Among the books to check out this week are Michel Faber's latest, an enlightening new biography of John Lennon, and a young journalist's memoir about fostering a dog.
D (a Tale of Two Worlds)
Michel Faber (Hanover Square)
In Faber's latest, following 2014's The Book of Strange New Things
, the letter 'D' has gone missing. A 13-year-old named Dicky Bentley, who lives in England after being adopted from Somaliland in Africa, begins feeling the strain of the alphabetical loss when she starts being admonished for her poor spelling at school. After her teacher introduces her to a Sphinx that morphs into a dog, the girl and her canine friend go through a portal to enter a winterbound land called Liminus. The duo then work to reclaim the letter D, and bring warmth to the new land, which is laden with literary references. We said this "fantastical romp" will "enchant readers of all ages."
The Particulars of Peter: Dance Lessons, DNA Tests, and Other Excuses to Hang Out with My Perfect Dog
Kelly Conaboy (Grand Central)
Conaboy, a writer-at-large at New York
Magazine, blends humor, memoir, and reporting in this, her debut novel. One of PureWow's 7 Books We Can’t Wait to Read in December
, the novel chronicles the author's experience fostering and then adopting a dog named Peter. Filled, we noted, with "sharp observations" and underpinned by the author's "offbeat sense of humor," we think this one is ideal for "dog enthusiasts" and "anyone looking for a good laugh."
When the Tiger Came Down the Mountain
Nghi Vo (Tor.com)
This standalone novella, a follow-up to The Empress of Salt and Fortune
, is set in the fictional land of Anh and, once again, features the Cleric Chih. After running into a trio of talking tigers, who demand to hear a legend about their ancestors, Chih relates the story of a female scholar named Dieu who was intertwined with a tiger named Ho Thi Thao. The book, we said, will bring readers into a "lush, sophisticated story of queer love and survival."
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Join June Hur whose first novel was selected as a top debut of Winter/Spring 2020 by the ABA for a discussion of her new mystery, The Forest of Stolen Girls.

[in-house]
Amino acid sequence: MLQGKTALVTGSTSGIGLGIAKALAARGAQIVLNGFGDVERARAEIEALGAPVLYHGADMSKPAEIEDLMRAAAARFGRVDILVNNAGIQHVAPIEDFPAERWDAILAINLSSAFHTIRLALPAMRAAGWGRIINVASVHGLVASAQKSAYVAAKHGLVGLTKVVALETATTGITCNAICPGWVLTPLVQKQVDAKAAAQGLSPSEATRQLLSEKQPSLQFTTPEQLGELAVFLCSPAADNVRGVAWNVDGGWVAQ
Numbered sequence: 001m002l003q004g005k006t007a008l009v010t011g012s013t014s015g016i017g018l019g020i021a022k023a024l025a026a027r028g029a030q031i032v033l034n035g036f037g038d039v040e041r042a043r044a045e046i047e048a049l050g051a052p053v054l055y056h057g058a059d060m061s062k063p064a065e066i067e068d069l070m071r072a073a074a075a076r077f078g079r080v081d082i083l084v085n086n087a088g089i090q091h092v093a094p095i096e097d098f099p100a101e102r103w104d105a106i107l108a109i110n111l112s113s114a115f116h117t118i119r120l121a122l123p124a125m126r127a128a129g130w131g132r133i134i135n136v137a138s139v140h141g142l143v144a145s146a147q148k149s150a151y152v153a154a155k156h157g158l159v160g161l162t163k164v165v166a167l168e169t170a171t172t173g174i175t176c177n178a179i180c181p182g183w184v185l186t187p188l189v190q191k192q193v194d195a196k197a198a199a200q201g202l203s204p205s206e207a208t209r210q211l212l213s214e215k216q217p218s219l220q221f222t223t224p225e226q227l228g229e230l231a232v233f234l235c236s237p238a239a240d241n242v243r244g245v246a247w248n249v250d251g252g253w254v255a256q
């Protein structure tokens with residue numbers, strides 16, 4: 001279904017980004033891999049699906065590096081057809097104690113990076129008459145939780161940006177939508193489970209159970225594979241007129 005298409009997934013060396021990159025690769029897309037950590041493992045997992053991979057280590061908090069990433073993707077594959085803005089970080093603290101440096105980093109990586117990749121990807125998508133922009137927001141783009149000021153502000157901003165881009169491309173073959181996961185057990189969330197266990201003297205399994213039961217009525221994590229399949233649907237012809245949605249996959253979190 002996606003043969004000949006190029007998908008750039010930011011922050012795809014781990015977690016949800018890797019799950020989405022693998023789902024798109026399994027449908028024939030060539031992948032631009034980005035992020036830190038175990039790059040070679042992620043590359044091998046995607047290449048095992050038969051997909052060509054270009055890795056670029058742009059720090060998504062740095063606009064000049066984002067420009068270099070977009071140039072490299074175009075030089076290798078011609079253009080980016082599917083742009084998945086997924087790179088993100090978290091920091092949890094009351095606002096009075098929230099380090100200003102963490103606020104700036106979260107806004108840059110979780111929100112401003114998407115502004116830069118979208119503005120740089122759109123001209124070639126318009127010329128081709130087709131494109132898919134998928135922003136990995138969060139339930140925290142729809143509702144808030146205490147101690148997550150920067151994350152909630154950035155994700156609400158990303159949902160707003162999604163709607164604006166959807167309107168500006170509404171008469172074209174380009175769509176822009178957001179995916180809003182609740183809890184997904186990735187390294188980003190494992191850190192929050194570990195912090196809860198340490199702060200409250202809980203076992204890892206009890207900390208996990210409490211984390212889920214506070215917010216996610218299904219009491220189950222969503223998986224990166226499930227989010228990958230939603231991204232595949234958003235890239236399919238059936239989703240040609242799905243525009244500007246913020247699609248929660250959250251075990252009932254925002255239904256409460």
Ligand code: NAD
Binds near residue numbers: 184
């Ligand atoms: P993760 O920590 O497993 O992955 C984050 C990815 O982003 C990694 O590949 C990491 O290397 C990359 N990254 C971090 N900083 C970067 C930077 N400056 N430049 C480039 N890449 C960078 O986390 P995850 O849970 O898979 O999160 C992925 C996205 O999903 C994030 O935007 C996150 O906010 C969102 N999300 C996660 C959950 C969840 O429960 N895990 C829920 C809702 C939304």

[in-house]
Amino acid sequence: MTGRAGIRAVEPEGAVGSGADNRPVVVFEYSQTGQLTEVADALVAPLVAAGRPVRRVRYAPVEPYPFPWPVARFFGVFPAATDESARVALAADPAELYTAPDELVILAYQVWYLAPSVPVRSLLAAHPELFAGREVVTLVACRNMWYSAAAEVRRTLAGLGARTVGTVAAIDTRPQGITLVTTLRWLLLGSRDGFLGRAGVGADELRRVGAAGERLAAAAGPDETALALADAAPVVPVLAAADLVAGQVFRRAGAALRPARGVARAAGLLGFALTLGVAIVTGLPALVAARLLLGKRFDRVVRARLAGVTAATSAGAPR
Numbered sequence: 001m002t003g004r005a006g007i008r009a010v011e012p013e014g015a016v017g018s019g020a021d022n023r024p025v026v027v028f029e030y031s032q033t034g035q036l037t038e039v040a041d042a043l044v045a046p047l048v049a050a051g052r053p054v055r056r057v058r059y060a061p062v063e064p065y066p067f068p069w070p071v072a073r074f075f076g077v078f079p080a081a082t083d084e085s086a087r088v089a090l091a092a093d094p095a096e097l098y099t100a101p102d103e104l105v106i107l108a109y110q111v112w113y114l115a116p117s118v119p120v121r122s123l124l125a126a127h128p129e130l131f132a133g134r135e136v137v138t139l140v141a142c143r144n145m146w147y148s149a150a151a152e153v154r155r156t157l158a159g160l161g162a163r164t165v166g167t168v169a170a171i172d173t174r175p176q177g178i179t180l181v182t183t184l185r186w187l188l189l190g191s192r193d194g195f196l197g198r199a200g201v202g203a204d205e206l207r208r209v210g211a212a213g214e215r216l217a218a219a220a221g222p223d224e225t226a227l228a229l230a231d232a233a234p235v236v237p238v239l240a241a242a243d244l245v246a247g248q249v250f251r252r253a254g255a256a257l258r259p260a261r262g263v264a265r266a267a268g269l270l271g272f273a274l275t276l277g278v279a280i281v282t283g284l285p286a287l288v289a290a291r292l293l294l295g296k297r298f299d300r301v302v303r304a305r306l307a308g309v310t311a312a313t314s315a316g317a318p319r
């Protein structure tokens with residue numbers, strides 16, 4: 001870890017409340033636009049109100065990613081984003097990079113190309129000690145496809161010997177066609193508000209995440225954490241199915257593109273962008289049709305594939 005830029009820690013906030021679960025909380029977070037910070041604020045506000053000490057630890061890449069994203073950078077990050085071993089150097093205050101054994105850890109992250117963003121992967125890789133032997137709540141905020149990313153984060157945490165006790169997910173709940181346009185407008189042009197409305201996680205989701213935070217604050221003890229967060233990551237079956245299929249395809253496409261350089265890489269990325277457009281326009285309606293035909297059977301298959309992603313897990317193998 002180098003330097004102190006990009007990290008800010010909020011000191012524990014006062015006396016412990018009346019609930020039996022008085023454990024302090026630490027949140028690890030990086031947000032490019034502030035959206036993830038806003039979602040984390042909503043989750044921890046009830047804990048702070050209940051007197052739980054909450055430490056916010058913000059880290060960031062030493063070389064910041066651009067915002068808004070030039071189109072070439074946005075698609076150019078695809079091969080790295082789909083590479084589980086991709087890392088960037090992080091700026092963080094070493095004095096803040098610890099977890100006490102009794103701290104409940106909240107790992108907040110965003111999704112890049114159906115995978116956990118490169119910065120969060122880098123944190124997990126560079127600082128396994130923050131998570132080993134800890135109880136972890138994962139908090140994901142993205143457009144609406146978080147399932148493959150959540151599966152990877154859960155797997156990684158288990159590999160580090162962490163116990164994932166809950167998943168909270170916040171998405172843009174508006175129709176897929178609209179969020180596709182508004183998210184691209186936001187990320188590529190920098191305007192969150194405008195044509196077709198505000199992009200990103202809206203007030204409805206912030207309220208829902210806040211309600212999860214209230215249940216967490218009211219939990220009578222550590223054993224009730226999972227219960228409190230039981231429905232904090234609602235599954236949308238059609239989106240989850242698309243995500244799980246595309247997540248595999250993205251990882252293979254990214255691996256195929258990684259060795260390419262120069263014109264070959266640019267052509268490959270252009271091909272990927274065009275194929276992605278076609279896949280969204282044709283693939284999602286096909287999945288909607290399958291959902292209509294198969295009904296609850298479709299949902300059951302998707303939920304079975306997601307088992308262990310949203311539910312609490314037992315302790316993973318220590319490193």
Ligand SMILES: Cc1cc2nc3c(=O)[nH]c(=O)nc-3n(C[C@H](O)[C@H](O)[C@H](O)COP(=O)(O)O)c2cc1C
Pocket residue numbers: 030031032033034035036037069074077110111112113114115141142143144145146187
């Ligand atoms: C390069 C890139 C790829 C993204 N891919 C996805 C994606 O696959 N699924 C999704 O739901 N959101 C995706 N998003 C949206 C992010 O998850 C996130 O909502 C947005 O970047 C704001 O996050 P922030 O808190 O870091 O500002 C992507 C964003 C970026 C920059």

Our Last Goodbye
Shirley Dickson (Forever)
This WWII novel follows a nurse falling in love. Set in 1943, the book follows 25-year-old May Robinson who works at a factory in England. May's son, Derek, who was born out of wedlock, has been raised by his grandmother and told that May is actually his sister. After May's mother dies and Derek is sent away from their town to be safe from the bombings, May becomes a nurse and falls for a conscientious objector she meets at her new hospital. We think the book is ideal for historical fiction fans who "will quickly become immersed in May’s heartwarming story" and her "struggle to overcome adversity and loneliness."
Take It Back
Kia Abdullah (St. Martin’s)
In this legal thriller from British author Abdullah, a young barrister on the rise named Zara Kaleel leaves her high-powered law firm to represent victims of sexual abuse. The move to do more meaningful work lands Zara with complicated first case in which she is representing a 16-year-old disabled white girl accusing for English Muslim boys of rape. As an English Muslim herself, the case puts Zara at the center of a number of complex personal and political issues. With rich charactres and plenty of twists, the novel, we think, builds to "a shocking end." We believe Abdullah is "definitely a writer to watch."
Video of the Day
The Last Frontier
As humanity continues to ponder life beyond our world, we are always met with more questions than answers. Journey to space in this interview with debut author Matthew Medney, as he introduces the world to Beyond Kuiper: The Galactic Star Alliance
! And, enter to win a copy! (Sponsored) Watch Now!